Sales are done. If you want to sell merch at your gig, your best item is vinyl, since it can't be replicated digitally. People don't need turntables to play it, many don't play it at all. It's a SOUVENIR! From now on think of physical items as souvenirs, not as music.
We live in an on demand world. It's why cars replaced railroads and trolleys. You want to go where you want whenever you want. Anything that inhibits this process is to your detriment, not the customer's. Don't establish artificial roadblocks to sustain income, customers will just get pissed and find a way around them.
Continuity is king! (After distribution, of course, if you can't hear it it doesn't exist.) You want to be in the marketplace all 365 days a year. It doesn't always have to be new music, but it has to be something. Meanwhile, when you're on tour, playing to adoring fans, most of your fanbase is being ignored, There's publicity about opening night, and then local press, and then you're a non-story. Always think about keeping in touch with your net friends and keeping them satisfied.
It's not about an album, IT'S ABOUT A BODY OF WORK! When I hear a track I like, I go to Spotify and I see what else has the most plays. That's what I listen to next, it does not matter whether they're from the same album or not. You want to keep on adding to your body of work via singles. An album is irrelevant online. Furthermore, you blow all your publicity in one shot. An album comes out and is over in a day. Your goal is to make your career have traction, by causing fan adoption of one track, which will lead them to more.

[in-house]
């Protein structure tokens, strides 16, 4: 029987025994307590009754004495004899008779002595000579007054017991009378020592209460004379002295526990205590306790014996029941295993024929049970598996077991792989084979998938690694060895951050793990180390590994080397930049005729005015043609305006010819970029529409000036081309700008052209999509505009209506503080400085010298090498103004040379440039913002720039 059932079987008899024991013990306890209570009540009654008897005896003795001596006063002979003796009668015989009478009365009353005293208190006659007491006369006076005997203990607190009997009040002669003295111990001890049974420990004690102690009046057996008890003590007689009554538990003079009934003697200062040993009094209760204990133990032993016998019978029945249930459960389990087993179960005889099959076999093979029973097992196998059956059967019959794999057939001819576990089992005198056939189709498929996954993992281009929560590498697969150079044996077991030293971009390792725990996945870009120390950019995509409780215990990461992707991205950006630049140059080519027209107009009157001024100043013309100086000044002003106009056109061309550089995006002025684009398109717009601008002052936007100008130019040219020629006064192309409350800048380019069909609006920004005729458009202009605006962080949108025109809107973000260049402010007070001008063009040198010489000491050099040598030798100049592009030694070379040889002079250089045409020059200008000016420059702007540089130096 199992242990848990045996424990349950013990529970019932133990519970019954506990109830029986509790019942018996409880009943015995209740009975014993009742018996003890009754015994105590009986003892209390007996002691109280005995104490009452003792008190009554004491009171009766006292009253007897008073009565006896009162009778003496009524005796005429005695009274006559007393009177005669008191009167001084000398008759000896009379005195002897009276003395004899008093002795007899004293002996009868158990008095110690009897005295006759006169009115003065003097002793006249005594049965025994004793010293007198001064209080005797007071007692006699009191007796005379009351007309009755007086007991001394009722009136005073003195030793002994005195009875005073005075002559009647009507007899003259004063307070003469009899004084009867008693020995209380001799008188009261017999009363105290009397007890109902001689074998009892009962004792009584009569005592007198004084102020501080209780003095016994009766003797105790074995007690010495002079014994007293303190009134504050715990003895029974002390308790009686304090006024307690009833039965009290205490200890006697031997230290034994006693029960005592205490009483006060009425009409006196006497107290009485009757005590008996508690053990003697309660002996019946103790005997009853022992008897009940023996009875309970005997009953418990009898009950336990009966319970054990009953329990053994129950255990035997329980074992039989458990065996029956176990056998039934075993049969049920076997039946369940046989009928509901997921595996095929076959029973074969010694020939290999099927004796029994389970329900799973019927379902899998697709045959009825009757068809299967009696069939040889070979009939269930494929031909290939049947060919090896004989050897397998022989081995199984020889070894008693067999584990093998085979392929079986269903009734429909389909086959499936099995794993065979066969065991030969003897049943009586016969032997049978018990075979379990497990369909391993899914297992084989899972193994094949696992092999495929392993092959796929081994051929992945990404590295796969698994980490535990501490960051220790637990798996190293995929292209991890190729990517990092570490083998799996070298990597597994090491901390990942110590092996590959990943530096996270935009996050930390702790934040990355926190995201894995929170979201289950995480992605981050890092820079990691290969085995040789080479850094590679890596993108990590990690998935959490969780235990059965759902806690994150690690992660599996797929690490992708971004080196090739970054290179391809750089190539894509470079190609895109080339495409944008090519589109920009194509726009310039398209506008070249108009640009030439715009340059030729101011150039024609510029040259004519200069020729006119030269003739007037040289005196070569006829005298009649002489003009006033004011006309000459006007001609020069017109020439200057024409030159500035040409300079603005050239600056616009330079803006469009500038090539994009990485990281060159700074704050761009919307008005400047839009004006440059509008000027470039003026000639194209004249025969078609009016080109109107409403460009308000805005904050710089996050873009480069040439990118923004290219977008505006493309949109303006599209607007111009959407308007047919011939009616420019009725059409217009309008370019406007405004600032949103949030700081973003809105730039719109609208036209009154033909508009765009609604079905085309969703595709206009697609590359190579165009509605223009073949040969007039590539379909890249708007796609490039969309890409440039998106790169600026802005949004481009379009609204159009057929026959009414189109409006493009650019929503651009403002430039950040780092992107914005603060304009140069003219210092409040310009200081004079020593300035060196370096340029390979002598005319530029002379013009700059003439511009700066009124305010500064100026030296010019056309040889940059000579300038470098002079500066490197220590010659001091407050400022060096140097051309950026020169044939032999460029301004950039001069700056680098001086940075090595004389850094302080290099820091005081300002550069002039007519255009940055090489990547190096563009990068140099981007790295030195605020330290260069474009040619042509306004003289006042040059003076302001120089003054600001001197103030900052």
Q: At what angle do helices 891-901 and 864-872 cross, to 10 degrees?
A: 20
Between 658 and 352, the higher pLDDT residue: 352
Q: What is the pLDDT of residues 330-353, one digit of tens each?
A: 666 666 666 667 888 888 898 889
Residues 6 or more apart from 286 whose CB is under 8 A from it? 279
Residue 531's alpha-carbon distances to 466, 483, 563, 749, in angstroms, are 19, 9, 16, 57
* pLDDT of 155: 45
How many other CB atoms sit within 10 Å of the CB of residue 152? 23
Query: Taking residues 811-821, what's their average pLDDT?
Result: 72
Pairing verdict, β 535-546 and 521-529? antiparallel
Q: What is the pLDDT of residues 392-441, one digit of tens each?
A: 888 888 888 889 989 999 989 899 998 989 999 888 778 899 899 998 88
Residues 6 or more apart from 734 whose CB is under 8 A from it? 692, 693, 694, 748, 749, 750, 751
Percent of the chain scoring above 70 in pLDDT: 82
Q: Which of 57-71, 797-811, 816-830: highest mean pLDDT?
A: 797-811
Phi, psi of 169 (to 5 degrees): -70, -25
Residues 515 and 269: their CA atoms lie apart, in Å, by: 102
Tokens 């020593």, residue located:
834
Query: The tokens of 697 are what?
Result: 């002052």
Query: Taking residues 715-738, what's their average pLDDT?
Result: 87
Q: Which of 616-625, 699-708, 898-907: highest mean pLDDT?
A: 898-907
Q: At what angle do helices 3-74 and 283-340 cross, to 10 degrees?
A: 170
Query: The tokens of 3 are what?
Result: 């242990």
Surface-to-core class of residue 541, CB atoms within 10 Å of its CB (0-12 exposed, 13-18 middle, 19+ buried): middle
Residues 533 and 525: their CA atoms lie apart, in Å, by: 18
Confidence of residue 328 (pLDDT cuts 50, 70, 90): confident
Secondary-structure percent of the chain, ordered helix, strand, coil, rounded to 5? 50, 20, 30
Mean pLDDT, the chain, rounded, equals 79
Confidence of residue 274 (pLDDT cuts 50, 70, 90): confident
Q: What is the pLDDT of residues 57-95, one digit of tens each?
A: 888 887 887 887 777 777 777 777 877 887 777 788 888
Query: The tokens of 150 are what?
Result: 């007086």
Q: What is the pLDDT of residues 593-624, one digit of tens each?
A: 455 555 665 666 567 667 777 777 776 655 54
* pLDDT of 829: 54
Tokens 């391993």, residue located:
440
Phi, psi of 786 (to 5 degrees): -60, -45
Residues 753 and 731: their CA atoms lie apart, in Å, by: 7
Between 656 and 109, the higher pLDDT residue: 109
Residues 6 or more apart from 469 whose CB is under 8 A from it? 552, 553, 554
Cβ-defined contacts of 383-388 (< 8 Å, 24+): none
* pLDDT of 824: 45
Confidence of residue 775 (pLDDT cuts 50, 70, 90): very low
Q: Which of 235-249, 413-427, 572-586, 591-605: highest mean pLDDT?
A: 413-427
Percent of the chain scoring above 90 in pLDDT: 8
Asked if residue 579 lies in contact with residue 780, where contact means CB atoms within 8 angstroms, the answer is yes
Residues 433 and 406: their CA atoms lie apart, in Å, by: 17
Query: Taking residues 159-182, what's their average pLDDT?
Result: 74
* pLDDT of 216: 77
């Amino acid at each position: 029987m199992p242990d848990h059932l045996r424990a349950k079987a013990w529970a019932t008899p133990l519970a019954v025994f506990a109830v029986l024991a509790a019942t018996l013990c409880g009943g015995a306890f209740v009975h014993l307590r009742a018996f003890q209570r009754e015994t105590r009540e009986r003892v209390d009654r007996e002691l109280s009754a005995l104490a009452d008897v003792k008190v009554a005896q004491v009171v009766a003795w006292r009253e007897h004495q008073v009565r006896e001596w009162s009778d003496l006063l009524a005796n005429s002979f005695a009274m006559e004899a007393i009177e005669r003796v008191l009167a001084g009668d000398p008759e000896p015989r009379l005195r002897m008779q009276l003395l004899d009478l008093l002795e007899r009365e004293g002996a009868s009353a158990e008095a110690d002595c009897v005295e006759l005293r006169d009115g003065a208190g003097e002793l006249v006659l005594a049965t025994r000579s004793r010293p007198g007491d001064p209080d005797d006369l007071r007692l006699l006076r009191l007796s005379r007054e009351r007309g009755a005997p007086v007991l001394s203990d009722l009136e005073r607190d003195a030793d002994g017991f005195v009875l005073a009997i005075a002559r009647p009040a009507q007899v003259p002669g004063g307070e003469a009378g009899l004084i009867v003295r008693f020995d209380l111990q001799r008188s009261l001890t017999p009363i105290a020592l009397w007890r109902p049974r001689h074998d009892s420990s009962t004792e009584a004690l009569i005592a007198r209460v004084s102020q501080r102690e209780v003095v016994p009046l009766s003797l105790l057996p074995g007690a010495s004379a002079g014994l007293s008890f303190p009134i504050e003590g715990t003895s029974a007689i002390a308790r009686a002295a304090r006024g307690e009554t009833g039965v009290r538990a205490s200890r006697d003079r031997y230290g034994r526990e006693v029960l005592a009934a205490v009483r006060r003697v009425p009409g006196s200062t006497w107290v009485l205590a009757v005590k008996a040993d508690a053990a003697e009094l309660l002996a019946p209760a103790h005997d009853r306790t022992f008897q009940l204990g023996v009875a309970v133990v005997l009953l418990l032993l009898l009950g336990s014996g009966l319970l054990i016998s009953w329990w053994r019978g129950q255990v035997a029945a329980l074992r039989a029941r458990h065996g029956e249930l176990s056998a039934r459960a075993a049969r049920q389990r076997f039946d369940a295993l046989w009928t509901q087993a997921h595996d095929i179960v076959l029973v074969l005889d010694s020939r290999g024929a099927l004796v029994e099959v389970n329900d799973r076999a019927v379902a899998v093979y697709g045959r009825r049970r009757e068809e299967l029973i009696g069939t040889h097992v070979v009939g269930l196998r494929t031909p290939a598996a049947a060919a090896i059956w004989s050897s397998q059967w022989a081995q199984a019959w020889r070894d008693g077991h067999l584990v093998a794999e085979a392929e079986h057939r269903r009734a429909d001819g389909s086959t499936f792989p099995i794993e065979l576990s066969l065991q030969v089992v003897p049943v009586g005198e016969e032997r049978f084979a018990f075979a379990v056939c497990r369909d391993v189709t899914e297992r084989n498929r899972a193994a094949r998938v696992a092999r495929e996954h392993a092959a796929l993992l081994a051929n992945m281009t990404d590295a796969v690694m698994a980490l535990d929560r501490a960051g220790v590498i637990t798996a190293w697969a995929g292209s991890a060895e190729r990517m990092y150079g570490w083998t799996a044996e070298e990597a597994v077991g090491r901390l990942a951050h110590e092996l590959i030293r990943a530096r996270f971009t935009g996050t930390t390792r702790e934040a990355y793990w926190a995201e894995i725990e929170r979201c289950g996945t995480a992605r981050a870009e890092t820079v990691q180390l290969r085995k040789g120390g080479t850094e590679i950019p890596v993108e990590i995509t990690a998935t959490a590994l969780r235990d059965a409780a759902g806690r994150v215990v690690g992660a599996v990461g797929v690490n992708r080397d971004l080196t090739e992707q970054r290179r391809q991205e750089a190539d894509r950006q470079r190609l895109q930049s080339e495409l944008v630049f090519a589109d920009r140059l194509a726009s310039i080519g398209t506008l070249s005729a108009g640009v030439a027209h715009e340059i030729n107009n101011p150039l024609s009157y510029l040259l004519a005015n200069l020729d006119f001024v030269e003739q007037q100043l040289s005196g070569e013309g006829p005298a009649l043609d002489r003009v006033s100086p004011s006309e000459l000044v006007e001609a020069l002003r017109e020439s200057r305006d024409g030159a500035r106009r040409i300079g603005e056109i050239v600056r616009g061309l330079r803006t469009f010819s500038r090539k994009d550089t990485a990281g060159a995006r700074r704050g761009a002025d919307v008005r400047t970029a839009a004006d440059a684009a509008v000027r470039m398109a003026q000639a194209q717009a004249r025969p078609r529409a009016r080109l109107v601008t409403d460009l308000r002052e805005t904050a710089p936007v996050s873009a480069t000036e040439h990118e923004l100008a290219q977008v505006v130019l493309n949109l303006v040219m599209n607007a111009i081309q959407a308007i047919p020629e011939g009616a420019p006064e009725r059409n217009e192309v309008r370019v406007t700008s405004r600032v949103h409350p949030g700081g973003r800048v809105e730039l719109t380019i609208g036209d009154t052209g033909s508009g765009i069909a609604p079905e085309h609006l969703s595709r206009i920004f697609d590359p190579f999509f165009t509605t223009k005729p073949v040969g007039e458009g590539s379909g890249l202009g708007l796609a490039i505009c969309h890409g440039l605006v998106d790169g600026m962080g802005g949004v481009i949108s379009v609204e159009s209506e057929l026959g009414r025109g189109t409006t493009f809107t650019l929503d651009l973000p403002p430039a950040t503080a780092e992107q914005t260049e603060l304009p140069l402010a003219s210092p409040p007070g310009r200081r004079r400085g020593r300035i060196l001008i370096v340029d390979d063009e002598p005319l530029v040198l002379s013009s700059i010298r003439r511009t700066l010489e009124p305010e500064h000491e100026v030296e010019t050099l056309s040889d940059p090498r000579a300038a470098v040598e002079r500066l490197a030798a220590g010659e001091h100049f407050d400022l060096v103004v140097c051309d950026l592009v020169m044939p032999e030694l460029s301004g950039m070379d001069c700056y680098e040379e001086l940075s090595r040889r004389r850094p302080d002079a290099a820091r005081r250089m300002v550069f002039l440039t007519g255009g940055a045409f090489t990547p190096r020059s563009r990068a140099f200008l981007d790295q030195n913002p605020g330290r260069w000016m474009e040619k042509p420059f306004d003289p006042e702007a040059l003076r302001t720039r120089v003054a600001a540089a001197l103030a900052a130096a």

If one track is sustaining, don't hold back from releasing another track. Disengage from the publicity paradigm. Forget about radio, think about fans. Fans want more, keep them interested.
Playlists are king. Spotify kept Taylor Swift's latest track "Call It What You Want" off Friday's new release playlists and it took days for the track to gain traction and hit the chart and still, it's middling at best, today on the way down, at #44. The point being if even Taylor Swift can get lost in the shuffle, what are the odds for you?
The streaming companies are the new gatekeepers. Play nice, or they won't play with you. Swift's window of retail only will only prevent Spotify from helping her down the line. The key is to play nice with all, once again, distribution is king, DON'T EVER FORGET THAT!
Reaction is everything. If they playlist you and people don't save your track, if listeners skip it, they're not gonna grow it to more playlists. Data is triumphant, turntable hits are history. Don't blow your shot. But if you do blow it, get right back into the game as soon as possible.
And the game is not simple. Are you aware of the Supr New Music Friday chart? You should be, it's here: http://superfri.com/chart.php, the point is there are so many of these tools, the music business has completely changed, you must have someone on your team who knows where the data is buried and how to interpret it.